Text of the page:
In the current design the resonant coils are more than half a metre in diameter. Clearly, any commercial application would require the receiving unit at least to be shrunk down to a usable size. Kurs said that while smaller receivers would certainly reduce the range, it should be possible to develop a receiving coil small enough to fit in a laptop or phone, but still powerful enough to receive power from across the other side of a room.
There are also potential gains to be made by improving the efficiency of the system over longer distances. ‘There’s a trade-off between efficiency and distance,’ said Kurs. ‘in our original paper, at a metre of separation the efficiency was nearly 90 per cent, at 2m it was 50 per cent, but at 2.25m it was somewhere between 35 and 40 per cent.’
Kurs said that he and his team have spent the last year further refining the system, and although it could be many years away from commercialisation he reports a great deal of early-stage interest from numerous corporations.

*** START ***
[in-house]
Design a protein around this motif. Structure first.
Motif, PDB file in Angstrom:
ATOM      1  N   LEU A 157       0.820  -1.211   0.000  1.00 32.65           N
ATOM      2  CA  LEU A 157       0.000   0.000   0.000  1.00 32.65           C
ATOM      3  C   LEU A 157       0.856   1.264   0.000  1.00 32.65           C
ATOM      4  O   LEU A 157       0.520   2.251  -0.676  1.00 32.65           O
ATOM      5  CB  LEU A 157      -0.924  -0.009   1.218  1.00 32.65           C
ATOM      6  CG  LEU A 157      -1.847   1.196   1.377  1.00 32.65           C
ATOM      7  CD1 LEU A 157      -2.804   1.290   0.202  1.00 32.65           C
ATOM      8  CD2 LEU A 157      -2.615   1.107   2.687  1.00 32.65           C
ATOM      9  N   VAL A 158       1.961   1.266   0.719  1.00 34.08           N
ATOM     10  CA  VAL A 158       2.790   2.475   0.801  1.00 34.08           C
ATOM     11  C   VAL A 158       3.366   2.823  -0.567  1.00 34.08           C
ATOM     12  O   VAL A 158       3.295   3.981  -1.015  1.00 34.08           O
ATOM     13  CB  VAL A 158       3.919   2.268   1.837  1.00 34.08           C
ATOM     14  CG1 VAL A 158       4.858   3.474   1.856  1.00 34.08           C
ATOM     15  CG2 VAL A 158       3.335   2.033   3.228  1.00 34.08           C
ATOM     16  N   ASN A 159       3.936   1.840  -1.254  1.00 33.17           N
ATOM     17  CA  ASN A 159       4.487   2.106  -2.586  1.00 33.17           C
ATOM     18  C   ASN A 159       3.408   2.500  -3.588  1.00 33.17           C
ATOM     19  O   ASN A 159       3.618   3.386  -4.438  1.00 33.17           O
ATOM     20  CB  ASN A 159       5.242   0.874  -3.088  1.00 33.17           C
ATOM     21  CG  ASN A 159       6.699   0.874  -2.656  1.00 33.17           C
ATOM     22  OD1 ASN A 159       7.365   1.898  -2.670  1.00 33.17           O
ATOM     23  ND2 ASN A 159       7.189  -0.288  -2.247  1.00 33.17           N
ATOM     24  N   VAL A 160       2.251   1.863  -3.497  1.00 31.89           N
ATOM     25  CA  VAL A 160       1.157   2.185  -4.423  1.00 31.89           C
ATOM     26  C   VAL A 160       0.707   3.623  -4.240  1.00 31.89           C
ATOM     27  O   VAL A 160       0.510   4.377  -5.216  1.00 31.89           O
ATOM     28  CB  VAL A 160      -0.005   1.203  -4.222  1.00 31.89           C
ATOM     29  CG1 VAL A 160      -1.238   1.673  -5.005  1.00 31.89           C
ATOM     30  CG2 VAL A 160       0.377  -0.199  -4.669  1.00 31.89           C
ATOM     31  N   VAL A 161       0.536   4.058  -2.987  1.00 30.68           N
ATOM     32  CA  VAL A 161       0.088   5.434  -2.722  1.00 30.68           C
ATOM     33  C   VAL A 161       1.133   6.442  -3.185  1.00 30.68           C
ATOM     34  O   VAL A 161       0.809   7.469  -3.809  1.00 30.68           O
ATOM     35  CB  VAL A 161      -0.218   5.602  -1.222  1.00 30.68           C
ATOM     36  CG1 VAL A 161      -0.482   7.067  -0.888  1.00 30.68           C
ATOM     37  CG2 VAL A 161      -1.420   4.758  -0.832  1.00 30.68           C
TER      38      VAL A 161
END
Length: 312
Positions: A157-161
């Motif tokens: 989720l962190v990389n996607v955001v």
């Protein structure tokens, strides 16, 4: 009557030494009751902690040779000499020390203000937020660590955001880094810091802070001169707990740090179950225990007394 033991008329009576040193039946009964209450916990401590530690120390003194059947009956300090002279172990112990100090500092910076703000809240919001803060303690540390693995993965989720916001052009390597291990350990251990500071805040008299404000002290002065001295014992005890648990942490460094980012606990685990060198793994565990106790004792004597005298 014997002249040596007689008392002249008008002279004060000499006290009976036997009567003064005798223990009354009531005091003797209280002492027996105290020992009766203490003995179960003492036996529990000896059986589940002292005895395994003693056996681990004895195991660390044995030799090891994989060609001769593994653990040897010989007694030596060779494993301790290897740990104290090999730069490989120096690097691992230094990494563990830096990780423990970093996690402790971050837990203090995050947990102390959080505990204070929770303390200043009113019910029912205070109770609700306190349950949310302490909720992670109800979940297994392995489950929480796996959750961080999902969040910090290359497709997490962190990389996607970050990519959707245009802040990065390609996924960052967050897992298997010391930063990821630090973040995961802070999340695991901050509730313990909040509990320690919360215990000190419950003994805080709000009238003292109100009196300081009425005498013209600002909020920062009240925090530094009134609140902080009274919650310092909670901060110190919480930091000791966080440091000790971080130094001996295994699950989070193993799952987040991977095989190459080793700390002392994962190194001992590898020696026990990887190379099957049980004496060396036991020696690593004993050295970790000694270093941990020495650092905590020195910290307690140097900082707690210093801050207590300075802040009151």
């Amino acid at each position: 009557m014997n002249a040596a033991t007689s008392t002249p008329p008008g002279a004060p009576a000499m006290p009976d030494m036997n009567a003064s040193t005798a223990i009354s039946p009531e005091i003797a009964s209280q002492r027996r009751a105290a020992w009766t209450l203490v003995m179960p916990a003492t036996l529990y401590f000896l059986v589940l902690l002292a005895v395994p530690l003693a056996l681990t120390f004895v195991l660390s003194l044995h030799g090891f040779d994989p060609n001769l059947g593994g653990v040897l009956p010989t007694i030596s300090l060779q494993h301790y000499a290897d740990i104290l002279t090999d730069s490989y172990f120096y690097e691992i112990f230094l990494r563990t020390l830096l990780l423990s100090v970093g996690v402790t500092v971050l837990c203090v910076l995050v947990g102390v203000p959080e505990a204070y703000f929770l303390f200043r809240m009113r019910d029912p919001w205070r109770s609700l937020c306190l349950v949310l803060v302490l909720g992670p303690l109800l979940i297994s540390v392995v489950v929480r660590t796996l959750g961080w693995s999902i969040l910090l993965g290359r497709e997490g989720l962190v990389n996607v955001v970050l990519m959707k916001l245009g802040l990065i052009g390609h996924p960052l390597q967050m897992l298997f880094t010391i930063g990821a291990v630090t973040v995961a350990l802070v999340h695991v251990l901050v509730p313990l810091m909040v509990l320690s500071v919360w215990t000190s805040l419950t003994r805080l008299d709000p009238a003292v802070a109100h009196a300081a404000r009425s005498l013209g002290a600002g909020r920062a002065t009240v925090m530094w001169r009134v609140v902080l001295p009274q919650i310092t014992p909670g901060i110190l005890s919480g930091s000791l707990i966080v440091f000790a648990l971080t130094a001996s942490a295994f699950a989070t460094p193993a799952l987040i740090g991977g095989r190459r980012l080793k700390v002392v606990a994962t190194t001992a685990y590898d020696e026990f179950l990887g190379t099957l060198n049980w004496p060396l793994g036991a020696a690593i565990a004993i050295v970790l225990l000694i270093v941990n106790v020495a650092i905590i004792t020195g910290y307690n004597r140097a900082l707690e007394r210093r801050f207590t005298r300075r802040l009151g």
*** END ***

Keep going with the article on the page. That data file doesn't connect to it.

Intriguingly, as well as the obvious applications in consumer electronics — charging mobile phones and the like — Kurs believes that wireless power will be perfect for a number of more exotic niche applications, such as recharging sensors positioned in hard-to-reach locations.
But not everybody is convinced. For some, the prospect of beams of energy bouncing around the home is an irresponsible and dangerous dream. Prof Denis Henshaw, head of the Human Radiation Effects group at Bristol University, believes the technology has serious health implications. ‘it’s a dead duck as far as serious power transmission is concerned, and the health protection agency would endorse that,’ he said.